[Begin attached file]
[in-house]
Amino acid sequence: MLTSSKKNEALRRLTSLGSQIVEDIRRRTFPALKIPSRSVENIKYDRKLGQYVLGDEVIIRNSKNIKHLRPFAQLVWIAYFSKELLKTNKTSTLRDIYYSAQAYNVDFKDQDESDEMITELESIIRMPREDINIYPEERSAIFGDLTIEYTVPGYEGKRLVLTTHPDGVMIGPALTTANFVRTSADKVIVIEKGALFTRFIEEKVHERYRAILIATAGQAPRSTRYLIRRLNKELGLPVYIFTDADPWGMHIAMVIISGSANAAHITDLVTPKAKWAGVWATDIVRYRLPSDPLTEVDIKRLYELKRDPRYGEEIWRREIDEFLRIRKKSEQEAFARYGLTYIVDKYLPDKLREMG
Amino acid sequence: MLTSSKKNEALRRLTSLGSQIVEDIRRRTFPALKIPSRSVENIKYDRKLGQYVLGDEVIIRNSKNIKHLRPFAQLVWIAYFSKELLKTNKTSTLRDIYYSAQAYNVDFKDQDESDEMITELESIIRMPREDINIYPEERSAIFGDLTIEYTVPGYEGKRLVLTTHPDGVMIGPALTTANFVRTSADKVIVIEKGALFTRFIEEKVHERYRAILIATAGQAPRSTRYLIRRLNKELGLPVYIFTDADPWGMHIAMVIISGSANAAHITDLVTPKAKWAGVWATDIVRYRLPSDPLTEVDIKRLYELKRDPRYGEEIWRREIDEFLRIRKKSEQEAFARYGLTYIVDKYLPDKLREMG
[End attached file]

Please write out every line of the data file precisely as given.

[in-house]
Amino acid sequence: MLTSSKKNEALRRLTSLGSQIVEDIRRRTFPALKIPSRSVENIKYDRKLGQYVLGDEVIIRNSKNIKHLRPFAQLVWIAYFSKELLKTNKTSTLRDIYYSAQAYNVDFKDQDESDEMITELESIIRMPREDINIYPEERSAIFGDLTIEYTVPGYEGKRLVLTTHPDGVMIGPALTTANFVRTSADKVIVIEKGALFTRFIEEKVHERYRAILIATAGQAPRSTRYLIRRLNKELGLPVYIFTDADPWGMHIAMVIISGSANAAHITDLVTPKAKWAGVWATDIVRYRLPSDPLTEVDIKRLYELKRDPRYGEEIWRREIDEFLRIRKKSEQEAFARYGLTYIVDKYLPDKLREMG
Amino acid sequence: MLTSSKKNEALRRLTSLGSQIVEDIRRRTFPALKIPSRSVENIKYDRKLGQYVLGDEVIIRNSKNIKHLRPFAQLVWIAYFSKELLKTNKTSTLRDIYYSAQAYNVDFKDQDESDEMITELESIIRMPREDINIYPEERSAIFGDLTIEYTVPGYEGKRLVLTTHPDGVMIGPALTTANFVRTSADKVIVIEKGALFTRFIEEKVHERYRAILIATAGQAPRSTRYLIRRLNKELGLPVYIFTDADPWGMHIAMVIISGSANAAHITDLVTPKAKWAGVWATDIVRYRLPSDPLTEVDIKRLYELKRDPRYGEEIWRREIDEFLRIRKKSEQEAFARYGLTYIVDKYLPDKLREMG